Being polyamorous in her 40s has also helped Layla come out of her bubble. “I feel less tense about how I should look. My body is more flexible, and I can orgasm much more easily now that I’m less tight but more toned from practice, if that makes sense!”

But with myalgic encephalomyelitis (also called chronic fatigue syndrome), a rare condition that can make daily tasks impossible, and post-traumatic stress disorder (PTSD), Layla is often too fatigued to be sexual. “I can be stuck in bed for six weeks unable to do anything,” she explains.

But her and her partners have found resolutions. “My girlfriend often lies in bed beside me while I hold her and she masturbates with a vibrator, or my boyfriend and girlfriend sext me when they are having sex at home (I live separately to them) and include me, telling me what they want to do when I’m well enough again.”

Living with a chronic condition is no easy feat. A complication of feelings, emotions, and lack of physical desire can make sex seem overwhelming and close to impossible. Layla finds quality time very important in her triad, and when they all spend time together, she feels the most appreciated.

“We also send lots of sex blogs and texts about sexual things in those periods as a way to discuss what we will do next so there is still a sexual atmosphere but no pressure,” she says.

Layla has also grown to understand the legalities of polyamorous relationships from her experience. “It’s made me really think about the future. There’s no real way to legally enshrine a poly relationship,” she says. “My partners are married to each other, and my boyfriend, who is very practical and unflappable, has offered to be my ‘in case of emergency’ person since I’m estranged from family.”

Having her health considered is a reminder that while they aren’t legally married, she’s still a crucial part of their marriage.

For someone living with a chronic condition, Layla requires communication and understanding. Even though she may not be able to act on sex when ill, she talks to one of her partners about how they can compromise and communicate through her health concerns.

The 50s, 60s, and beyond

Jenna*, 65, hasn’t been able to have penetration since it gradually became very painful, then impossible. She’s been with her partner for 35 years.

“That kind of sex is over, and it’s been a long time now, but not quite sure when was the last time we were able to have intercourse. I don’t know if it will ever come back. I have talked with gynecologists about it and have tried a variety of things. I now use an Estring ring, slow-release estrogen, over three months at a time. It helps with dryness, but does not help the pain like I hoped it might,” Jenna explains.

But Jenna and her partner have experimented with other ways of having sex.

Jenna relies on her vibrator. She doesn’t mind it, as she finds sex with her toy to be quite wonderful. “I have multiple orgasms, and it is often hard to turn off. I love the sensation and like to feel myself climb up to that ultimate state in many variations in a session,” she says. “Sometimes my partner holds me while I’m in the process and that is nice, but I’m fine alone as well.”

I also spoke to Anna*, 62, a trans woman, and Tanya*, 70, who have been together for five years. The couple have also had their share of issues with sex. Anna struggles with low libido, and Tanya struggles with vaginal dryness.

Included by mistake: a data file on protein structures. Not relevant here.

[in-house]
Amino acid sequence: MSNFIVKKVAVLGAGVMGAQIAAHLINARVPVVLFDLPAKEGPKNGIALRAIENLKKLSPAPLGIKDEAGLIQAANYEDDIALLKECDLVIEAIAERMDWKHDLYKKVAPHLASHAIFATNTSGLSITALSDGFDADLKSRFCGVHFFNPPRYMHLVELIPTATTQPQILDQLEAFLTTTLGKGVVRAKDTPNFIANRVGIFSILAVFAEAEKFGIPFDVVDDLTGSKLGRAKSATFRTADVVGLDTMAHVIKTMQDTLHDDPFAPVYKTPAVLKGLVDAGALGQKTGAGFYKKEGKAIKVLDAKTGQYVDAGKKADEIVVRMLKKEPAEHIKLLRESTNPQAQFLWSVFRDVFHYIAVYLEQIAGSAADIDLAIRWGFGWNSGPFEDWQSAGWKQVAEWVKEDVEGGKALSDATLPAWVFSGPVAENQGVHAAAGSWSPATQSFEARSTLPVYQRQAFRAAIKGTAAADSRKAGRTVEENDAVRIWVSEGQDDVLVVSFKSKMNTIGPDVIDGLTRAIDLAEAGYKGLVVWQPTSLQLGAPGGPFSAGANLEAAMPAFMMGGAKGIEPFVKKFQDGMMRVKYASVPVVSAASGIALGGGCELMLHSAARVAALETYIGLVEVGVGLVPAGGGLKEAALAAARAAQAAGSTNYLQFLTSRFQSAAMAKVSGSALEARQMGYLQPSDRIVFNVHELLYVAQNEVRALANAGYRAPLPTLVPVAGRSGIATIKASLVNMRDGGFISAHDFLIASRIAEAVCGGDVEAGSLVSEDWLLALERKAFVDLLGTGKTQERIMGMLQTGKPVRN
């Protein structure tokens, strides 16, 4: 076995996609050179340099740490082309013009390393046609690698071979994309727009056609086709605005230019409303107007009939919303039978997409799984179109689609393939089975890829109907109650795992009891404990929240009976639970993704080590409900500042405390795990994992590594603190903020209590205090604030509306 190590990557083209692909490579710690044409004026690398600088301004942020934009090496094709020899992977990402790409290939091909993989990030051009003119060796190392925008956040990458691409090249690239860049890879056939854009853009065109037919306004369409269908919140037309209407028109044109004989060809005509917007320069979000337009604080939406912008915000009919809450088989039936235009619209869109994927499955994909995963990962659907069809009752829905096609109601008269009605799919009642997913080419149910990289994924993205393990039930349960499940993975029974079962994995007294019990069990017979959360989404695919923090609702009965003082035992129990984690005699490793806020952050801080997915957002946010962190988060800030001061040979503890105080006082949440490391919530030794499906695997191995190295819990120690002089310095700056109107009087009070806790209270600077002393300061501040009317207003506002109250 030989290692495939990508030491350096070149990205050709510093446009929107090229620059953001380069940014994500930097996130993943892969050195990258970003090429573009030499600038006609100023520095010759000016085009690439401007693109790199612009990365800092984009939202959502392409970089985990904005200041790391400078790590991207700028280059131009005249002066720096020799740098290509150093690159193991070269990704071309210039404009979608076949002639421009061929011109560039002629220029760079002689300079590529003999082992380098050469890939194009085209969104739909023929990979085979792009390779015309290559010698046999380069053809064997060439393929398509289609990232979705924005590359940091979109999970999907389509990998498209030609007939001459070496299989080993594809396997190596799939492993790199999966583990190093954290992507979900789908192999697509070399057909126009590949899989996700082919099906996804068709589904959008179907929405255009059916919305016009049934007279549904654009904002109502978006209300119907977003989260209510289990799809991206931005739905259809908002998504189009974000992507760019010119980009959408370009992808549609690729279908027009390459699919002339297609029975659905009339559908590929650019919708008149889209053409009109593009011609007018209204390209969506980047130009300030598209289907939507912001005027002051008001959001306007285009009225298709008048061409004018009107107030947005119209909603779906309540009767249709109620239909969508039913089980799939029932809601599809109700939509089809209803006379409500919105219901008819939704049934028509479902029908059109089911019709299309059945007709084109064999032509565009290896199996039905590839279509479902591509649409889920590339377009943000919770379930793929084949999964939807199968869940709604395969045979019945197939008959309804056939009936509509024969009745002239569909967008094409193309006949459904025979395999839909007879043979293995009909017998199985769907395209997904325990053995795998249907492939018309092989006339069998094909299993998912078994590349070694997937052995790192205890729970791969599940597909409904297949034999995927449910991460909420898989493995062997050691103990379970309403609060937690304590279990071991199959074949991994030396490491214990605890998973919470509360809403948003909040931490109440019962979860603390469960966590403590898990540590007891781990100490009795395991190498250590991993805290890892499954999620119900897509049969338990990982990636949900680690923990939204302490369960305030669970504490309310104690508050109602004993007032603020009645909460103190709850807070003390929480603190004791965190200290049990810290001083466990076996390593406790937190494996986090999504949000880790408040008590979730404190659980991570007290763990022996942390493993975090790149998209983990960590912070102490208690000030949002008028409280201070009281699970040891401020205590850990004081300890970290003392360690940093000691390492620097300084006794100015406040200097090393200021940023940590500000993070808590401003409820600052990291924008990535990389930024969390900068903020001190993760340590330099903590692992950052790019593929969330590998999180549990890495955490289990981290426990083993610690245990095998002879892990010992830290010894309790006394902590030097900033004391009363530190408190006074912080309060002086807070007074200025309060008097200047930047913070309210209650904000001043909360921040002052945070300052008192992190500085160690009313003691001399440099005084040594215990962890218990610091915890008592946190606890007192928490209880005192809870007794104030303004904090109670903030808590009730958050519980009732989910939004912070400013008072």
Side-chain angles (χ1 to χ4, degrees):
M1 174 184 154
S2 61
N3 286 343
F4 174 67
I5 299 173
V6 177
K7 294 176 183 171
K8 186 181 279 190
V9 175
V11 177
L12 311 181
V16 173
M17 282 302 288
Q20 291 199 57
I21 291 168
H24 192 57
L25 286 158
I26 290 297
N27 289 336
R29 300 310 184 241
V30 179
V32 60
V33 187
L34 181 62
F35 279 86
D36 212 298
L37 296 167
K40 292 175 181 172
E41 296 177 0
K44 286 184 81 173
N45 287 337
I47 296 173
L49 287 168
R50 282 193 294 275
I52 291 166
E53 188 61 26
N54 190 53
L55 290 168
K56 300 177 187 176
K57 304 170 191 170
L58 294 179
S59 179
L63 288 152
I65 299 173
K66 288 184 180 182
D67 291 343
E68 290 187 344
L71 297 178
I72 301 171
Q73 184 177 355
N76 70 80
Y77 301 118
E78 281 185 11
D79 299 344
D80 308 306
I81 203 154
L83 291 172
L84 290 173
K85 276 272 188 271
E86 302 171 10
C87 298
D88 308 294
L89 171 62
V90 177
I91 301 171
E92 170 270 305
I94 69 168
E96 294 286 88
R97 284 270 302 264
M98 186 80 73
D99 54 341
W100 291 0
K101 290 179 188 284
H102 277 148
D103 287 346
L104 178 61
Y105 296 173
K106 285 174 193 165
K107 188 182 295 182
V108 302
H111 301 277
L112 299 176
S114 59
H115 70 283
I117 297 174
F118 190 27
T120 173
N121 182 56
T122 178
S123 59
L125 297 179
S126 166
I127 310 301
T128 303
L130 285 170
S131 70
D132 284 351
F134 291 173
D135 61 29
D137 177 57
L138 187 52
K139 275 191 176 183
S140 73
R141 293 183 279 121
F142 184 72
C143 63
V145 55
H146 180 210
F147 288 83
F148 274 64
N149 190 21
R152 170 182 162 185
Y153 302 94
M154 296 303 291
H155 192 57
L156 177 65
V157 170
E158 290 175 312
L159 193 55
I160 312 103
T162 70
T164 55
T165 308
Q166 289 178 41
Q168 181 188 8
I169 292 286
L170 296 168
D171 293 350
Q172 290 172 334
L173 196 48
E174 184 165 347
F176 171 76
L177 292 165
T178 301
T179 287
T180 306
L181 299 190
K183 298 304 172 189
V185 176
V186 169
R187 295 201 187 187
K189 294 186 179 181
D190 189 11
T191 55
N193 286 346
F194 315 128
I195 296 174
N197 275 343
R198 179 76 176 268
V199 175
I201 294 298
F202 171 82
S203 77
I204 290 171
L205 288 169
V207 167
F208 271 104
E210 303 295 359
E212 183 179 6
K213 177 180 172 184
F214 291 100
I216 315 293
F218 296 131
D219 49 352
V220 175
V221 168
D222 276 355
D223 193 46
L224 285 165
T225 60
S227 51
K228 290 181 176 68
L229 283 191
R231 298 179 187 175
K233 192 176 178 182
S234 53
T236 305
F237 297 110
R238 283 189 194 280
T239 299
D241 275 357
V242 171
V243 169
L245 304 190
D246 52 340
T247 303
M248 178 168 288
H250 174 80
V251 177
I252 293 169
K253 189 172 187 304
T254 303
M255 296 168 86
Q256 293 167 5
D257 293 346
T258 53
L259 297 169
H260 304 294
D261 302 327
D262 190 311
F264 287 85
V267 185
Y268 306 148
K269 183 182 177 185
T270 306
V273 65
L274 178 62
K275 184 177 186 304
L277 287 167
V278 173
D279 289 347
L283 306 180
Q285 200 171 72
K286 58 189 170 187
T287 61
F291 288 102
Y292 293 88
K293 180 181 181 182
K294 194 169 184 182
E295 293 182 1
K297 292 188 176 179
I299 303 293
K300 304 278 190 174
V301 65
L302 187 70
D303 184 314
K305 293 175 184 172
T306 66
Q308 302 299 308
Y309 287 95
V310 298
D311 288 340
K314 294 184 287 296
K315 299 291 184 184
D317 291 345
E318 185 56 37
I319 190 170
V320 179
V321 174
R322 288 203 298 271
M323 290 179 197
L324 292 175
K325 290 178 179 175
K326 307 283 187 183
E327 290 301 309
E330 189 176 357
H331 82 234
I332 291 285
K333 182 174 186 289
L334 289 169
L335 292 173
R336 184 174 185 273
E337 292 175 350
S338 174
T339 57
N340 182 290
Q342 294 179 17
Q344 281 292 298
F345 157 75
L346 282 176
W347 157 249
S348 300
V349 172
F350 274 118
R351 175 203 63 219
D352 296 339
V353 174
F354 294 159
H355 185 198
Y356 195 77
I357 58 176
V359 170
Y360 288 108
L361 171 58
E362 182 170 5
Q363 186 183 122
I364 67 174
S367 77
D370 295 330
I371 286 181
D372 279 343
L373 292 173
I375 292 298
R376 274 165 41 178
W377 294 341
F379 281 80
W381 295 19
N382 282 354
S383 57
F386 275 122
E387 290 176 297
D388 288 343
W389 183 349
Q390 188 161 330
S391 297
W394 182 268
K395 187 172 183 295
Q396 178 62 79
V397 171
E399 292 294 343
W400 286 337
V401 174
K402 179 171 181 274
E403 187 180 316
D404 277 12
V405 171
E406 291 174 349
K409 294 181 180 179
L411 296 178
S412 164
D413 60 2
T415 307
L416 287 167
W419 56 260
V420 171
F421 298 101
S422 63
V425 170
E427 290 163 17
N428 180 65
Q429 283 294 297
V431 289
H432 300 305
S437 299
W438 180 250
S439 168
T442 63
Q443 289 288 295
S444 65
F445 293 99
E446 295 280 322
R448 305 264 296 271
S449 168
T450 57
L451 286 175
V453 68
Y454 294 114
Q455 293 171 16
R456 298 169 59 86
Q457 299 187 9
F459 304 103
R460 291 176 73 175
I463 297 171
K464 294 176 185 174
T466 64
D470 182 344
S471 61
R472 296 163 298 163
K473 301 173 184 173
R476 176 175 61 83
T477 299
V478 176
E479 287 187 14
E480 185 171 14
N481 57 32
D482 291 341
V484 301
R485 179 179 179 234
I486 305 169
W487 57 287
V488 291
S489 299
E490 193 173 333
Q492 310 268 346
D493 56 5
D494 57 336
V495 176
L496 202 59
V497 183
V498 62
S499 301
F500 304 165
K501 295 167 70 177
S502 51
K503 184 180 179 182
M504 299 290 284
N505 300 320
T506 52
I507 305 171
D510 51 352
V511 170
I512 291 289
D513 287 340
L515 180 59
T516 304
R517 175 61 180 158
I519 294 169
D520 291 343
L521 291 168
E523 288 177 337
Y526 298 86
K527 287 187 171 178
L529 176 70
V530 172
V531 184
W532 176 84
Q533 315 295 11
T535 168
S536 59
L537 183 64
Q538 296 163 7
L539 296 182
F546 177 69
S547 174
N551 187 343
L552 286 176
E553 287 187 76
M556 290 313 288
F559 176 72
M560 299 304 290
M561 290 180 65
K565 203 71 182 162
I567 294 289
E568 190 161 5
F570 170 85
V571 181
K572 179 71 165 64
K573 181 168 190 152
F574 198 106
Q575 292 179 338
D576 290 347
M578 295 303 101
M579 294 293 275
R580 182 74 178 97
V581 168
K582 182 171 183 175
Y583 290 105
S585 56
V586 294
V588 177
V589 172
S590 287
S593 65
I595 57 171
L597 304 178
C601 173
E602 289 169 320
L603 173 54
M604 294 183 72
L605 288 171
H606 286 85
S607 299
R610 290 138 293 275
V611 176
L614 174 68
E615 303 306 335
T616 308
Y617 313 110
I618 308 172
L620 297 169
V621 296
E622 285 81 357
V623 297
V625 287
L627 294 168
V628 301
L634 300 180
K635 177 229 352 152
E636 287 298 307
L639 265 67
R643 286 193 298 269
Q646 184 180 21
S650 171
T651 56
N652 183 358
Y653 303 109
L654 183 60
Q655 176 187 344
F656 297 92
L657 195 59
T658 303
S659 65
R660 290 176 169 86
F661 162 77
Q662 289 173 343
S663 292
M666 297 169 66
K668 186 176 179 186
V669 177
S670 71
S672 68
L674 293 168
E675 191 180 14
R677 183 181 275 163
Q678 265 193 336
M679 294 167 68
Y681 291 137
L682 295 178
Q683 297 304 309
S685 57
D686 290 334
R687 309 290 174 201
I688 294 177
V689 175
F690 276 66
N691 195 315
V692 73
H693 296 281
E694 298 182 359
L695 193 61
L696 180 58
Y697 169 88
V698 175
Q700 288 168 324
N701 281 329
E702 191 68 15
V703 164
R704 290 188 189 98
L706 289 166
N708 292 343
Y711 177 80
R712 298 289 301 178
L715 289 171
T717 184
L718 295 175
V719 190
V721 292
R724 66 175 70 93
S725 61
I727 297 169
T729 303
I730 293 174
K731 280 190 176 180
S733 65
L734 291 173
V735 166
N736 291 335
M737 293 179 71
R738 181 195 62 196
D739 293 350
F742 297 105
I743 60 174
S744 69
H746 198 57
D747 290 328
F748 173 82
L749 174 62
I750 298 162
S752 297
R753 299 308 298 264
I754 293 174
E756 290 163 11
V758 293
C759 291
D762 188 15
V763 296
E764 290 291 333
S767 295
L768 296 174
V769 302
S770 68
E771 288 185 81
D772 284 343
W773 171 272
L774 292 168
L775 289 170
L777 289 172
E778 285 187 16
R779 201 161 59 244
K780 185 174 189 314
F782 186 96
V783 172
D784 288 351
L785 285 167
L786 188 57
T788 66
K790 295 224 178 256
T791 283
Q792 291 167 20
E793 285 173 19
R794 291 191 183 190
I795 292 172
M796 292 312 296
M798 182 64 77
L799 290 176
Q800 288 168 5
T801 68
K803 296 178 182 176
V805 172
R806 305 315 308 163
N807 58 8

But the couple state this doesn’t dampen their sex life.

“With age comes physical pain, but I feel that pain escape me when I have sex with my partner,” Anna explains.

Both women have arthritis but have found that in their later life, sex has become easier. “It’s not about performing anymore like when I was young,” Tanya says. “With Anna, I am able to simply be, to orgasm, to have a wonderfully intimate experience. It’s really lovely.”

“I transitioned before I met Tanya,” Anna says, “and for so long I felt unsafe in my body. I felt scared. My relationship with Tanya is full of nurturing. I feel so safe in my companionship with her.”

According to 2014 studyTrusted Source, females between the ages of 40 and 65 who find sex important are more likely to stay sexually active during their age. Reasons for a decrease in sex during this time usually has to do with the ovaries’ halt in producing estrogen. This results in:

  • thinner vaginal lining
  • less lubrication
  • weaker vaginal elasticity and muscle tone
  • longer arousal time

Adapting to these changes, as Anna and Tanya have found, is a matter of communication. “Communication is what bound us in the beginning. We still check in on one another during sex, but we mostly know each other’s body’s by now,” Anna says. “Sex is still exciting.”

Sex gets better as you get older

It’s often considered taboo to think of older people participating in sex, which contributes to negative approaches and feelings toward intercourse for older people. However, this is largely untrue and almost humorous to think about: When was sex just limited to people in their 20 and 30s anyway?

In a 2012 study, two-thirds of female participants, including those who were as old as 80 years old, said they were satisfied with their sex lives. In fact, researchers found sex does get better with age — 67 percent of participants had an orgasm “most of the time” during sex in comparison to the younger participants.

Change can be enlightening. We can learn more of ourselves and of one another as time goes on. With aging comes adapting and accommodating to partners, physical health, mental health, and various other effects that can contribute to an alteration in intimacy.

Diet, exercise, communication, and trust are all various ways to keep your love, and your sex life, alive throughout the decades. Keep in mind that self-pleasure and self-love should be at the center of your motivation, no matter your age.

As we grow with our partners and ourselves, we learn to discover and appreciate our bodies more. Through the decades, we shift, we experiment, we orgasm, and we find new ways to love.

*Names changed at the request of the interviewees